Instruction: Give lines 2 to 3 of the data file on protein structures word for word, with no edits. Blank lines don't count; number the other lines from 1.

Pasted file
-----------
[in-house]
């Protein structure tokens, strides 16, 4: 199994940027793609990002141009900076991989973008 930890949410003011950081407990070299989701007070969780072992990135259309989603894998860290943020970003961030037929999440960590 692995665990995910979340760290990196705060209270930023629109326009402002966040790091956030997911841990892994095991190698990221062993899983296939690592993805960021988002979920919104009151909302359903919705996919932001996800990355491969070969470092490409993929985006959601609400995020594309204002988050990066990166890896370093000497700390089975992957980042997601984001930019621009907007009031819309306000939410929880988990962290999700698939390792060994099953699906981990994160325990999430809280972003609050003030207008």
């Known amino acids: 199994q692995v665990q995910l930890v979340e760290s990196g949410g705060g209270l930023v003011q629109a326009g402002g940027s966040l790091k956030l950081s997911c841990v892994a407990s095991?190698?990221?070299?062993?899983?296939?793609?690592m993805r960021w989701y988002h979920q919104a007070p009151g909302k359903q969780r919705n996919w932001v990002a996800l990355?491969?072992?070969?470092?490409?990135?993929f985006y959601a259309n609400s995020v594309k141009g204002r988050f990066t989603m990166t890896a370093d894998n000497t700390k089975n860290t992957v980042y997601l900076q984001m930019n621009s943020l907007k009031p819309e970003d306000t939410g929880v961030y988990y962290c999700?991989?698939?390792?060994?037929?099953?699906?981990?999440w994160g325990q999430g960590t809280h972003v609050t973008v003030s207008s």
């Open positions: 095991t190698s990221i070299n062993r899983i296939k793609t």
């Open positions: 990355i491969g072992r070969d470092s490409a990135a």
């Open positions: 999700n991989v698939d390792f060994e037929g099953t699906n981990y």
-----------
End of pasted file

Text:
């Protein structure tokens, strides 16, 4: 199994940027793609990002141009900076991989973008 930890949410003011950081407990070299989701007070969780072992990135259309989603894998860290943020970003961030037929999440960590 692995665990995910979340760290990196705060209270930023629109326009402002966040790091956030997911841990892994095991190698990221062993899983296939690592993805960021988002979920919104009151909302359903919705996919932001996800990355491969070969470092490409993929985006959601609400995020594309204002988050990066990166890896370093000497700390089975992957980042997601984001930019621009907007009031819309306000939410929880988990962290999700698939390792060994099953699906981990994160325990999430809280972003609050003030207008």
């Known amino acids: 199994q692995v665990q995910l930890v979340e760290s990196g949410g705060g209270l930023v003011q629109a326009g402002g940027s966040l790091k956030l950081s997911c841990v892994a407990s095991?190698?990221?070299?062993?899983?296939?793609?690592m993805r960021w989701y988002h979920q919104a007070p009151g909302k359903q969780r919705n996919w932001v990002a996800l990355?491969?072992?070969?470092?490409?990135?993929f985006y959601a259309n609400s995020v594309k141009g204002r988050f990066t989603m990166t890896a370093d894998n000497t700390k089975n860290t992957v980042y997601l900076q984001m930019n621009s943020l907007k009031p819309e970003d306000t939410g929880v961030y988990y962290c999700?991989?698939?390792?060994?037929?099953?699906?981990?999440w994160g325990q999430g960590t809280h972003v609050t973008v003030s207008s």